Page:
1. For $$1\leq{x}$$: ------$$\sqrt{x}$$----$$x$$----$$x^3$$, so $$1\leq{\sqrt{x}}\leq{x}\leq{x^3}$$ (the case $$\sqrt{x}=x=x^3$$ is when $$x=1$$). $$y$$ is somewhere in green zone (as $$y<\sqrt{x}$$ and $$y<x^3$$), so if we have this case answer is always YES: $$y<x$$.

2. For $$0\leq{x}<1$$: $$0$$----$$x^3$$----$$x$$----$$\sqrt{x}$$----$$1$$, so $$0\leq{x^3}\leq{x}\leq{\sqrt{x}}$$. $$y$$ is somewhere in green zone (as $$y<\sqrt{x}$$ and $$y<x^3$$), so if we have this case answer is always YES: $$y<x$$.

So in both cases $$y<x$$. Sufficient.

Hope it's clear.

when if x=1/4 and y=1/3 then \sqrt{X} = 1/2, and 1/2 > 1/3. You have chosen wrong plugin data here.
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Re: Is x > y ? (1) x^(1/2)>y (2) x^3>y [#permalink]  07 Jul 2014, 00:19
Expert's post
honchos wrote:
Bunuel wrote:
shrouded1 wrote:
I thought this was a really tough question !

Is $$x > y$$ ?

(1) $$\sqrt{x} > y$$
(2) $$x^3 > y$$

Is x>y?

(1) $$\sqrt{x}>y$$ --> if $$x=4$$ and $$y=1$$ then the answer will be YES but if $$x=\frac{1}{4}$$ and $$y=\frac{1}{3}$$ then the answer will be NO. Two different answers, hence not sufficient.

Note that from this statement we can derive that $$x\geq{0}$$ because an expression under the square root cannot be negative.

(2) $$x^3>y$$ --> if $$x=4$$ and $$y=1$$ then the answer will be YES but if $$x=2$$ and $$y=3$$ then the answer will be NO. Two different answers, hence not sufficient.

(1)+(2) From (1) we have that $$x\geq{0}$$. Now, $$\sqrt{x}$$, $$x$$, $$x^3$$ can be positioned on a number line only in 2 ways:

1. For $$1\leq{x}$$: ------$$\sqrt{x}$$----$$x$$----$$x^3$$, so $$1\leq{\sqrt{x}}\leq{x}\leq{x^3}$$ (the case $$\sqrt{x}=x=x^3$$ is when $$x=1$$). $$y$$ is somewhere in green zone (as $$y<\sqrt{x}$$ and $$y<x^3$$), so if we have this case answer is always YES: $$y<x$$.

2. For $$0\leq{x}<1$$: $$0$$----$$x^3$$----$$x$$----$$\sqrt{x}$$----$$1$$, so $$0\leq{x^3}\leq{x}\leq{\sqrt{x}}$$. $$y$$ is somewhere in green zone (as $$y<\sqrt{x}$$ and $$y<x^3$$), so if we have this case answer is always YES: $$y<x$$.

So in both cases $$y<x$$. Sufficient.

Hope it's clear.

when if x=1/4 and y=1/3 then \sqrt{X} = 1/2, and 1/2 > 1/3. You have chosen wrong plugin data here.

Nope.

If $$x=\frac{1}{4}$$ and $$y=\frac{1}{3}$$, then $$(\sqrt{x}=\frac{1}{2})>(y=\frac{1}{4})$$ (statement is satisfied) but $$(x=\frac{1}{4})<(y=\frac{1}{3})$$ giving a NO answer to the question.
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Re: Is x > y ? (1) x^(1/2)>y (2) x^3>y [#permalink]  08 Dec 2014, 06:37
gurpreetsingh wrote:
Statement 1: $$\sqrt{x} > y$$ ....take x = 4, y = 1 (yes); take x = 1/4 and y = 1/3 (no) hence not sufficient.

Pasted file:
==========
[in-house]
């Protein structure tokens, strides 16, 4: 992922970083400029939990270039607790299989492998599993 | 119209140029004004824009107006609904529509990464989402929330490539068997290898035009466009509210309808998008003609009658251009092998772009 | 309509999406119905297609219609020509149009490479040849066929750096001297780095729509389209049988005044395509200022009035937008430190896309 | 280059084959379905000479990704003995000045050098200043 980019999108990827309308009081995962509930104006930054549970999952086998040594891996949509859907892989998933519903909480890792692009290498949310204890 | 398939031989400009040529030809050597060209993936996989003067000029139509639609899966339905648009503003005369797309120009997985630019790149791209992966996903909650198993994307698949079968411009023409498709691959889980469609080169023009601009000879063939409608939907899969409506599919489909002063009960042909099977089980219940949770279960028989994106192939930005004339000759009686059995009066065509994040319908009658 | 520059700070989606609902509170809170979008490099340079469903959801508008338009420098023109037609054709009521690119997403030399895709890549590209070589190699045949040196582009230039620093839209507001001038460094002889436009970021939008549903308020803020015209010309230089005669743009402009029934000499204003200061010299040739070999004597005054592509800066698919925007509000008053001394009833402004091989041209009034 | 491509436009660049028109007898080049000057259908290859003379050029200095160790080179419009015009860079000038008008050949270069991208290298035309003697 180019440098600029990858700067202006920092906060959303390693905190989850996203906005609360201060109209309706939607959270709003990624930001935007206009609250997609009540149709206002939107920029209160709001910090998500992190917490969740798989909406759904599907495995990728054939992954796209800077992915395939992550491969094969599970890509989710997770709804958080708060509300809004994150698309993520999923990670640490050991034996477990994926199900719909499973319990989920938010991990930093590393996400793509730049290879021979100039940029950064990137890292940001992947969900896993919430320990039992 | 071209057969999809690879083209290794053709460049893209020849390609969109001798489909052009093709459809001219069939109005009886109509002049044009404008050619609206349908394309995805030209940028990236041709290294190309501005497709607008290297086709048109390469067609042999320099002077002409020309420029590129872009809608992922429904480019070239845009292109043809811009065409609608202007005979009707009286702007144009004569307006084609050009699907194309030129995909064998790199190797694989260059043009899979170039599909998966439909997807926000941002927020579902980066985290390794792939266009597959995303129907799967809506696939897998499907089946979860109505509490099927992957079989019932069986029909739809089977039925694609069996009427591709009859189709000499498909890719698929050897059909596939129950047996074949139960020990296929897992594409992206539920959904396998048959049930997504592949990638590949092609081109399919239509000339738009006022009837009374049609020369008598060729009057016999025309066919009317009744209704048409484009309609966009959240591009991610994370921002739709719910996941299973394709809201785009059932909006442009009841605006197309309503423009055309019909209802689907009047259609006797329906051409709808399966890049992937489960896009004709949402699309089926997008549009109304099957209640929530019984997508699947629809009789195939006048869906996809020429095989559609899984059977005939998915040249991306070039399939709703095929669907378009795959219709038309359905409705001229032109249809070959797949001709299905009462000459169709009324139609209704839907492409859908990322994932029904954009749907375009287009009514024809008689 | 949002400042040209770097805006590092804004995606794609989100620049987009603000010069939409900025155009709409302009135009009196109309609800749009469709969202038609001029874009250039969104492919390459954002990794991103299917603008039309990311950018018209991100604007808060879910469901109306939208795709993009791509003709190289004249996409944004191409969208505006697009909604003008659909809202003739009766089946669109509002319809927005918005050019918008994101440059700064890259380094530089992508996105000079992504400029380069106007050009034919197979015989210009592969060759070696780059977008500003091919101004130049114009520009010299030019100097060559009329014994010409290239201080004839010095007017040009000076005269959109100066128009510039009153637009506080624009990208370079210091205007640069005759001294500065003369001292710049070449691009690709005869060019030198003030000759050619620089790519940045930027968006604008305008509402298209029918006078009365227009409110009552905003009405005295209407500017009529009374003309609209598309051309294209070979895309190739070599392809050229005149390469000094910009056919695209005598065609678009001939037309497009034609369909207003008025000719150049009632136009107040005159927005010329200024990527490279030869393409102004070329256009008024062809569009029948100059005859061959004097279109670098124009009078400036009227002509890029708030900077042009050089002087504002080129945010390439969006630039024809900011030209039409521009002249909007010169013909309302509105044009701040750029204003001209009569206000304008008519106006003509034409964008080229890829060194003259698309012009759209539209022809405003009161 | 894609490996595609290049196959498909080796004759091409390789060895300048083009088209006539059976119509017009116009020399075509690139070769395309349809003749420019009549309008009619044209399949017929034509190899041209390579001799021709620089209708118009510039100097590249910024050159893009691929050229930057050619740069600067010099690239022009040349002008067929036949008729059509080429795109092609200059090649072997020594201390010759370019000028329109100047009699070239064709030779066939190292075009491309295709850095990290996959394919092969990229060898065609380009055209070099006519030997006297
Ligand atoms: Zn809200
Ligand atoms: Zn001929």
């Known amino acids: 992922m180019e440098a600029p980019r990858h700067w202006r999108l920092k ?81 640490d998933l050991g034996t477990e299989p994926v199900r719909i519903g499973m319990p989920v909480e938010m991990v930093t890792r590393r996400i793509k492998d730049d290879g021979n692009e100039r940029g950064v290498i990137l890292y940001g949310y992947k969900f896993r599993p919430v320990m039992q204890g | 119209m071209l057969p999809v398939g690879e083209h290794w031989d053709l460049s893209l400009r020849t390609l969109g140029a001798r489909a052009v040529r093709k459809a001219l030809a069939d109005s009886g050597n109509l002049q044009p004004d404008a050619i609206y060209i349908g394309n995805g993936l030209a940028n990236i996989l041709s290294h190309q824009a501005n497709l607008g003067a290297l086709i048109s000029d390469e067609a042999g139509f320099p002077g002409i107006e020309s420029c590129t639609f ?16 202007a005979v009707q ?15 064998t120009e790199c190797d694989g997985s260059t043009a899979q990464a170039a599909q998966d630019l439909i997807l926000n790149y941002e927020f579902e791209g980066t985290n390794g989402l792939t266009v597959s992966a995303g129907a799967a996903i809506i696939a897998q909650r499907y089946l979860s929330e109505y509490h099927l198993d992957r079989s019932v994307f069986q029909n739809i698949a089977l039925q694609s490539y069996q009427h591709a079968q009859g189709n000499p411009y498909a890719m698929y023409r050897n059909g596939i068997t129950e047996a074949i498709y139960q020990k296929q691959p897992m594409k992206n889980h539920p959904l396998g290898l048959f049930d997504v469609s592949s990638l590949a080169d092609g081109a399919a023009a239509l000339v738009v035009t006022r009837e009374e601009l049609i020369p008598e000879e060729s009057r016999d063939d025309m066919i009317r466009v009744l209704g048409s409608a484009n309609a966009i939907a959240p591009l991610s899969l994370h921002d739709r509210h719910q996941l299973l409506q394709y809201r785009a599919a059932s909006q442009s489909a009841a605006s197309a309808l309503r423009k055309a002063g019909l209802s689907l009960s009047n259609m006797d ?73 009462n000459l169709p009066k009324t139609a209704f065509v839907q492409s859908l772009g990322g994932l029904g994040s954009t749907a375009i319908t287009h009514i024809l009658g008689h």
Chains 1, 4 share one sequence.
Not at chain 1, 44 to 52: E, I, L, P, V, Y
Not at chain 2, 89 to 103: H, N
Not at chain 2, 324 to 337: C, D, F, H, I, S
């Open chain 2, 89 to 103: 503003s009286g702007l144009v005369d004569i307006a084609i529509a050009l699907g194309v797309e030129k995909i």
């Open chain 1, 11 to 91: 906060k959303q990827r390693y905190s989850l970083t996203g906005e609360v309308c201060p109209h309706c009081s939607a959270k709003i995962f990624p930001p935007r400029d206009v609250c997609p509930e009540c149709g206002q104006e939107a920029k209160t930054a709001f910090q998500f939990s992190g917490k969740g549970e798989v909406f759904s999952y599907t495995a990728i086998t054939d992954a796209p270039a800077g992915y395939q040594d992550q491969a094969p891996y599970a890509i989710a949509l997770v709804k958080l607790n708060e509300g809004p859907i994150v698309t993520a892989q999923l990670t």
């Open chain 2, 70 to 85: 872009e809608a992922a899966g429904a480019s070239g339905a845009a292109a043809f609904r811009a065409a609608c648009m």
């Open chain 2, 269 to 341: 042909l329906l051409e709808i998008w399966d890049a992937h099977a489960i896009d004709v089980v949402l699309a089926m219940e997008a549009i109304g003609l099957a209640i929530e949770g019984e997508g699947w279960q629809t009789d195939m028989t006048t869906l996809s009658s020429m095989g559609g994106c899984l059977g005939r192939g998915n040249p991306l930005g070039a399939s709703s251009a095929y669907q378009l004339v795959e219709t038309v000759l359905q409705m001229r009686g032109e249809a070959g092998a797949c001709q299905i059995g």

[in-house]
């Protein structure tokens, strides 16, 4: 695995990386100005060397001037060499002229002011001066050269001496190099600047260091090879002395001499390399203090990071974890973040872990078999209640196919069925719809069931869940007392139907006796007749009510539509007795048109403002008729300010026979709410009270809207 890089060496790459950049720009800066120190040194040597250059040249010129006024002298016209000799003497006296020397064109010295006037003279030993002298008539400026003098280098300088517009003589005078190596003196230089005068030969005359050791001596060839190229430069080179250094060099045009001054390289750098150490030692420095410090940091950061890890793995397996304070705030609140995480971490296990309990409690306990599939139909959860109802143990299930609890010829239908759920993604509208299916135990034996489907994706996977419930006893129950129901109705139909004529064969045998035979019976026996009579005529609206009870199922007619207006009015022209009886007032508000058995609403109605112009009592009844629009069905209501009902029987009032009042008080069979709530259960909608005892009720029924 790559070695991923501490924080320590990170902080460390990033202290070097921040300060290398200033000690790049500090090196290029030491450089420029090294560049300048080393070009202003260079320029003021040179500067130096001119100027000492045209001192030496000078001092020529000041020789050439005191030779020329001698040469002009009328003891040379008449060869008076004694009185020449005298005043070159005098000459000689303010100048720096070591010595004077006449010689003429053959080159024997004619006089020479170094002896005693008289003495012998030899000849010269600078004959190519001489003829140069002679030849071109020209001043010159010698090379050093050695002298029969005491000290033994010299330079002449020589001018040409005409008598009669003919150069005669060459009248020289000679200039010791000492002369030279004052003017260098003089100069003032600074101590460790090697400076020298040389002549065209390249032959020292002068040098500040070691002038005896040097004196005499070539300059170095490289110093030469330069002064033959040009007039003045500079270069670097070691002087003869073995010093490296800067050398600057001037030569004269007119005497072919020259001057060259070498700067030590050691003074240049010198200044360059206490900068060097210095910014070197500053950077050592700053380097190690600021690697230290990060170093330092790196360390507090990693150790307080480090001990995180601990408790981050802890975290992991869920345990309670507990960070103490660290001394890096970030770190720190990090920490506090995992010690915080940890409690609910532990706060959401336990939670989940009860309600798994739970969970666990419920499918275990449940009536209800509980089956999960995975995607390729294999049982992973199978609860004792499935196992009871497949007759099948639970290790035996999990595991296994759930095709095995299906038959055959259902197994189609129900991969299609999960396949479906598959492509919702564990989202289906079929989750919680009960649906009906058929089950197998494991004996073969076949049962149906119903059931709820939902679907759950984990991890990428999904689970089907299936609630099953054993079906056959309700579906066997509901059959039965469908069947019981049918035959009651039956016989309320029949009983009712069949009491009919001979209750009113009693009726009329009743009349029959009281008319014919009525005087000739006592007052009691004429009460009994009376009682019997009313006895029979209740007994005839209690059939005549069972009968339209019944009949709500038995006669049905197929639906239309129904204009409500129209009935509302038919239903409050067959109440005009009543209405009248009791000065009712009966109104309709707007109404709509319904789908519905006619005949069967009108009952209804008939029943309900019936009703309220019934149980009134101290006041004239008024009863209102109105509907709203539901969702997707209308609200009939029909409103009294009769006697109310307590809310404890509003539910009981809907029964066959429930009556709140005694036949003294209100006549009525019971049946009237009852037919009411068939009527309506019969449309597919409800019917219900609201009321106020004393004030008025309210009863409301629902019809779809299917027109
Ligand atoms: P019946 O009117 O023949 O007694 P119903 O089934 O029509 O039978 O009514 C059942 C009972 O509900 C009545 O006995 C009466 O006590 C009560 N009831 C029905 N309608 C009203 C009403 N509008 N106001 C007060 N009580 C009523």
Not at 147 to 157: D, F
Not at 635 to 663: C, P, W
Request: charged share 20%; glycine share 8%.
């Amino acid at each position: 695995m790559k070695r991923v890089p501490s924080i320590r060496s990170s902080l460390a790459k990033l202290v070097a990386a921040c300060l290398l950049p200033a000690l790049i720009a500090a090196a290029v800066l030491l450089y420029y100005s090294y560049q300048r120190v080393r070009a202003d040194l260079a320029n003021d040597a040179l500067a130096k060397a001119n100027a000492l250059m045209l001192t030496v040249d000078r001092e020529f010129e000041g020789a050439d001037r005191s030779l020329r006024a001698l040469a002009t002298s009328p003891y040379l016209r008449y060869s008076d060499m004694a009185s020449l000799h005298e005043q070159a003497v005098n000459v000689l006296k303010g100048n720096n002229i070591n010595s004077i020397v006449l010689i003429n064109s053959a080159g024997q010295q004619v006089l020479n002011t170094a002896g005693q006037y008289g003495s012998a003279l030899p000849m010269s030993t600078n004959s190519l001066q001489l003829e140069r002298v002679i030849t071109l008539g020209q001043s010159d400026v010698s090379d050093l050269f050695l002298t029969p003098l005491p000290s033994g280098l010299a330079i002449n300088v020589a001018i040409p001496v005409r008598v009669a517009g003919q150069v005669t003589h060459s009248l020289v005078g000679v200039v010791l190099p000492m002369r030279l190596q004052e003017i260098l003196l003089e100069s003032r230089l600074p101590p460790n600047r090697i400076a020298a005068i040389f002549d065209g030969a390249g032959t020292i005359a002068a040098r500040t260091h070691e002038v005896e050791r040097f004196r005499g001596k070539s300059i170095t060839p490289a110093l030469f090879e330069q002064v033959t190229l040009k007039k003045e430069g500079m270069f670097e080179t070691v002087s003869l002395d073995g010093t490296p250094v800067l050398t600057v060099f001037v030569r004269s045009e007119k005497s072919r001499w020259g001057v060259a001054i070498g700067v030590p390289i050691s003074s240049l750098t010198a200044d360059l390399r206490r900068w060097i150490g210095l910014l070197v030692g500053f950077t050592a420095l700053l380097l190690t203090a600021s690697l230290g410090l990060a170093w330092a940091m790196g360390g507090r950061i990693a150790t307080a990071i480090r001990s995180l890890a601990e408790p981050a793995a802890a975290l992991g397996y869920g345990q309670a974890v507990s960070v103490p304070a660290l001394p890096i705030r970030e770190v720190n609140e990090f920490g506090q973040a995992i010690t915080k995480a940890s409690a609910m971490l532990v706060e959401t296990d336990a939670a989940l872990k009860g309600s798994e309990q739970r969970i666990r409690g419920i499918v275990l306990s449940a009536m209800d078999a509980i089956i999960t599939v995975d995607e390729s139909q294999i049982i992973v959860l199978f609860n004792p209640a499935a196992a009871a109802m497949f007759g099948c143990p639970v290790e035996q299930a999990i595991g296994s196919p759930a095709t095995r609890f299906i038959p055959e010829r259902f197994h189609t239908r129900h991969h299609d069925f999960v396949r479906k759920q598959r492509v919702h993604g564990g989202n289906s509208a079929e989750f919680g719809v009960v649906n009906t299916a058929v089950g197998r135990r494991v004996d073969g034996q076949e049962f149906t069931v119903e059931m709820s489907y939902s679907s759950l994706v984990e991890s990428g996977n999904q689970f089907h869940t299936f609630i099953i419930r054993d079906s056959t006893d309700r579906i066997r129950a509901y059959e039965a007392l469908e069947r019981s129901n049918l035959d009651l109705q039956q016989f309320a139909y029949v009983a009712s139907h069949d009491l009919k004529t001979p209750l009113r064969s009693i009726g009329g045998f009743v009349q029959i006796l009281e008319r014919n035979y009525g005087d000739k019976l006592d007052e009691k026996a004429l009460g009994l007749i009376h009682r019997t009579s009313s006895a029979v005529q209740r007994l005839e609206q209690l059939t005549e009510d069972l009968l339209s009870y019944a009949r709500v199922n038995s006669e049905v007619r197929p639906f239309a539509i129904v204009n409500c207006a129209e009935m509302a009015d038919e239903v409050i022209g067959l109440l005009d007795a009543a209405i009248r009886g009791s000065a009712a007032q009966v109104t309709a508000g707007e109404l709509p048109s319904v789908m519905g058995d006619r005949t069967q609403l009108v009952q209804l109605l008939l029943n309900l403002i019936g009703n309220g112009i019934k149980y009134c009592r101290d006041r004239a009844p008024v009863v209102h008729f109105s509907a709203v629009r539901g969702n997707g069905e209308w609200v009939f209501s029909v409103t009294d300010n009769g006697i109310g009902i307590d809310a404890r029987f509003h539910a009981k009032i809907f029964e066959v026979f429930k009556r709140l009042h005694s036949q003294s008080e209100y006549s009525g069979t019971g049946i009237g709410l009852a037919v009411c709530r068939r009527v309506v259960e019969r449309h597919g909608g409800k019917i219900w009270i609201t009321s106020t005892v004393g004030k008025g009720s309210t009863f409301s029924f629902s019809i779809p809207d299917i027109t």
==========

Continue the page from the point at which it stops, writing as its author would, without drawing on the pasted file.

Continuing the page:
Statement 2: $$x^3 > y$$ take x = 2 and y = 3 (no) , take x = 2, y = 1 (yes) hence not sufficient.

take statement 1 and 2 together. Now the answer could be either C or E.

Either y is -ve or postive. If y is -ve then x >y always holds true.

If y is +ve then x>y^2 and x^3>y => x^6 > y^2

divide both the inequalities: x^5 >1 => x >1. Since square root of x (> 1) is greater than y => x>y.

Hence C.

The graphical approach is good, but its essential to understand that how the inequalities behaves in different domains.

Hi gurpreetsingh, could you please elaborate on:
gurpreetsingh wrote:
If y is +ve then x>y^2 and x^3>y => x^6 > y^2
. Thank you!
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Re: Is x > y ? (1) x^(1/2)>y (2) x^3>y [#permalink]  08 Dec 2014, 06:48
Expert's post
1
This post was
BOOKMARKED
tarikk wrote:
gurpreetsingh wrote:
Statement 1: $$\sqrt{x} > y$$ ....take x = 4, y = 1 (yes); take x = 1/4 and y = 1/3 (no) hence not sufficient.

Statement 2: $$x^3 > y$$ take x = 2 and y = 3 (no) , take x = 2, y = 1 (yes) hence not sufficient.

take statement 1 and 2 together. Now the answer could be either C or E.

Either y is -ve or postive. If y is -ve then x >y always holds true.

If y is +ve then x>y^2 and x^3>y => x^6 > y^2

divide both the inequalities: x^5 >1 => x >1. Since square root of x (> 1) is greater than y => x>y.

Hence C.

The graphical approach is good, but its essential to understand that how the inequalities behaves in different domains.

Hi gurpreetsingh, could you please elaborate on:
gurpreetsingh wrote:
If y is +ve then x>y^2 and x^3>y => x^6 > y^2
. Thank you!

If y is positive, then we can square x^3 > y to get x^6 > y^2.

Check RAISING INEQUALITIES TO EVEN/ODD POWER in Tips on Inequalities.

Hope it helps.
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Re: Is x > y ? (1) x^(1/2)>y (2) x^3>y   [#permalink] 08 Dec 2014, 06:48